Friday, September 15, 2006
I should begin by saying I am an avid football fan. I played it as a boy growing up, and I now have three sons, each of whom play and each of whom I’ve coached in youth leagues. I attended every home game while an under-grad and graduate student at Notre Dame, and have missed very few home games at our high school in the 22 years I’ve been there. I believe that football can teach young men important virtues: perserverance, discipline, putting the team first, learning how to handle winning with class and losing with grace.
And yet, I was sick to my stomach after watching “Two-A-Days”, a production of MTV chronicling the Hoover, Al football team’s 2005 season.
Hoover’s football program, led by their egomaniacal coach, Rush Probst, has won 5 of the last 6 state championships in the highest classification of football in Alabama. They are unabashed in their desire to be the #1 ranked team in America, and they are well on a path toward that goal in 2006, currently ranked as #1 by USA Today.
I don’t begrudge Hoover’s desire to be the best. But after watching an episode of “Two-A-Days” (You can view a trailer of the program by clicking here), I'd observe the following:
First, it is deeply disheartening that the superintendent and Board of Education would give MTV unfettered access to Hoover High’s campus, allowing its students to be used as a tool to advance MTV's commercial interests. Without listing all the ways in which MTV both exploits and advances values incongruous with the mission of ANY school, I will simply reference a 2005 study completed by ParentsTV.org entitled "MTV Smut Peddlers: Targeting Kids with Sex, Drugs and Alcohol". Is it callous indifference or merely our impotence as adults that we would allow such a network to wander the classrooms, hallways and lockerrooms of our school? Is our judgment so blinded by our pride in a successful high school football team that we're OK with made-for-TV soap operas starring our children?
Second, though there is some idolization of cheerleaders and football players within the culture of every high school in America, “Two-A-Days” advances the celebrity status of both exponentially, confirming with the program’s younger viewers that good looks, athletic prowess, and popularity are all that truly matters. I can only hope that the faculty and parents of Hoover High are now embarassed by such a depiction of their school and their children. I suspect that they are.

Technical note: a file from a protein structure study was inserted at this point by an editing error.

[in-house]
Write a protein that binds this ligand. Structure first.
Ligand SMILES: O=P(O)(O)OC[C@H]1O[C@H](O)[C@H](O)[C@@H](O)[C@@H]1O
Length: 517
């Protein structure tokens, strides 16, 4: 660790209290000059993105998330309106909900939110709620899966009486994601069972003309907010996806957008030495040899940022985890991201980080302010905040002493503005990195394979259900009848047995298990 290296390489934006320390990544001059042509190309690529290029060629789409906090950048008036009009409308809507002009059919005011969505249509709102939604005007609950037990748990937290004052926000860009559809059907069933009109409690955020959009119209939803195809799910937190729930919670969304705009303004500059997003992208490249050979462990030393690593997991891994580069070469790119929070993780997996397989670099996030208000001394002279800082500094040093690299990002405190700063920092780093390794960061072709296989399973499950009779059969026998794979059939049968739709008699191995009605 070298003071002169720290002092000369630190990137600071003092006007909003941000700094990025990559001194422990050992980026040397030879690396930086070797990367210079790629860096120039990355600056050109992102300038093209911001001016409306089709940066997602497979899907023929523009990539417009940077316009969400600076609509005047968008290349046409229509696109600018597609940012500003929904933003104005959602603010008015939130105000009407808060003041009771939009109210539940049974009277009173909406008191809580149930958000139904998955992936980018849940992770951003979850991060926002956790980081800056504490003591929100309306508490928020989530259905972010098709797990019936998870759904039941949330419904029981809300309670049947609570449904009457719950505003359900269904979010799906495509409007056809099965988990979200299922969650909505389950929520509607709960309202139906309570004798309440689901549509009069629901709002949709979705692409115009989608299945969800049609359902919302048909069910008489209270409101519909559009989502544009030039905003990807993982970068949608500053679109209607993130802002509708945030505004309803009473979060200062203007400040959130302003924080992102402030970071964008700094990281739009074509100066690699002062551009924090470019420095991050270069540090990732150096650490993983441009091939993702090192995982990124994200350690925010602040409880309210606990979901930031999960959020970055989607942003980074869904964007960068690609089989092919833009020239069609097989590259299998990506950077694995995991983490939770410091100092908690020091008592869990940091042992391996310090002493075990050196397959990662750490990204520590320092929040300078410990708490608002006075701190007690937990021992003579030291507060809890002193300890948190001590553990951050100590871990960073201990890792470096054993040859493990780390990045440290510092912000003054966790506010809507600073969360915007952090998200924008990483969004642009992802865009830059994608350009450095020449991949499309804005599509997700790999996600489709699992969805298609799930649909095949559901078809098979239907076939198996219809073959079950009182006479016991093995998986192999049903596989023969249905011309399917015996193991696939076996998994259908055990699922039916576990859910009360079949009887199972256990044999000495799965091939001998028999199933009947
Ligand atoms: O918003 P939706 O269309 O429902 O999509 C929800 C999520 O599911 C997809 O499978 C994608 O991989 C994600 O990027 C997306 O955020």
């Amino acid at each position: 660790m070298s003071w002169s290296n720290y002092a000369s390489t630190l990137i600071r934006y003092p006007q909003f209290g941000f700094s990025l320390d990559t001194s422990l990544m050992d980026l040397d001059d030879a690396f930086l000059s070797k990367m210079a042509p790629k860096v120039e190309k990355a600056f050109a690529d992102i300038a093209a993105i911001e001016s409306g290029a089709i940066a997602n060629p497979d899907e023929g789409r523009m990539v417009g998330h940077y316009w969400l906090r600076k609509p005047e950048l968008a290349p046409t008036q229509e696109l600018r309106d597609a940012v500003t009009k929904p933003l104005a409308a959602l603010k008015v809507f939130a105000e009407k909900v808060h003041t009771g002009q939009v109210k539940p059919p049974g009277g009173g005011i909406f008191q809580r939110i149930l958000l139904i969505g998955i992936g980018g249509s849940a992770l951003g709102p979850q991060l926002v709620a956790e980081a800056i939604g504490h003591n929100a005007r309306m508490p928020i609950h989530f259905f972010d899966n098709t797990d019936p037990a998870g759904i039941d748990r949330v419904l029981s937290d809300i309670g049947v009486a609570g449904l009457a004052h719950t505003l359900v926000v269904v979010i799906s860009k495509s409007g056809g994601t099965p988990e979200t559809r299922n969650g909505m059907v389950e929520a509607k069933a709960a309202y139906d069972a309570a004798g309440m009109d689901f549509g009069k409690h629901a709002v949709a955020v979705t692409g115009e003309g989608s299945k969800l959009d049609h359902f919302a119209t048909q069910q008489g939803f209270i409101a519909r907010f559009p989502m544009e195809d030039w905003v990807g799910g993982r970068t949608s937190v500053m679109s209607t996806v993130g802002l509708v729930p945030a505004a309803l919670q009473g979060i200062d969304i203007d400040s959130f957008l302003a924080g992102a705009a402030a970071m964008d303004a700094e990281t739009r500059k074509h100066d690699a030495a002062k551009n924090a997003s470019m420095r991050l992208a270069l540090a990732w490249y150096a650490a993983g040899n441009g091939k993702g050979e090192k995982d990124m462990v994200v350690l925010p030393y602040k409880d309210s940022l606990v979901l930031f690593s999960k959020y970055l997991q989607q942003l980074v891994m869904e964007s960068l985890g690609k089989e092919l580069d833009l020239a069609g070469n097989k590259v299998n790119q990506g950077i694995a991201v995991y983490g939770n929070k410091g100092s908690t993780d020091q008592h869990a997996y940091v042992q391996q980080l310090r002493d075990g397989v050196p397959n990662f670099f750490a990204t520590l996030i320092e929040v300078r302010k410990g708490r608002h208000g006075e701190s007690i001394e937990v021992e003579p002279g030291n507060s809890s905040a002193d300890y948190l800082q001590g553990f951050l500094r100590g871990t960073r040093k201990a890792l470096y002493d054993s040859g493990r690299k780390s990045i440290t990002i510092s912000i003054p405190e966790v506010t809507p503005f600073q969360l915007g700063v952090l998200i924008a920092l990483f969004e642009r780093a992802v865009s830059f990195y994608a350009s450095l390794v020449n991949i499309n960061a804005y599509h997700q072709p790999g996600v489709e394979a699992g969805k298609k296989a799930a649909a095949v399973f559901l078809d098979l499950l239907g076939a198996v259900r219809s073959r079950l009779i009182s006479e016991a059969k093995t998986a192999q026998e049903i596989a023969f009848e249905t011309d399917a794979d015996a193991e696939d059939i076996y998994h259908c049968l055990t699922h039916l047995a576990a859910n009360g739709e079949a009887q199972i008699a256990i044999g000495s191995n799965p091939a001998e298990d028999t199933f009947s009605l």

Finally, despite my admiration for teams that strive to be successful, I believe that Coach Probst and the Hoover program have confused the “ends” and the “means”. Ultimately, the “end” (or goal) of our schools and athletic programs are one and the same: to create people who are both educated and virtuous. Winning games is a means to an end, not the end in itself. When we build competitive, winning programs, we can challenge our children to demand more of themselves, fostering the virtues that football can teach so well. However, when high school football teams rent hotel rooms for home games to "focus" the night before the game, when cursing at players is so commonplace that coaches think nothing of it, even when they know the cameras are rolling (and what happens when the cameras are off?), when a head coach chastises a mother whose son was sick and missed practice, even with an excuse from a doctor, and then defends his position by saying “Other programs don’t win like we do”, or when this same coach says to his players, after a loss, that he holds their future in his hands and that if they don't put out more for him, he'll nix their chance at a scholarship, or when a "team chaplain" quotes scripture in a pre-game devotion and then tells the players not to embarass their jerseys by losing, then I would suggest that winning has become THE end and not the means.
Winning at all costs--placing aside the values we want to teach our children-- is simply too expensive.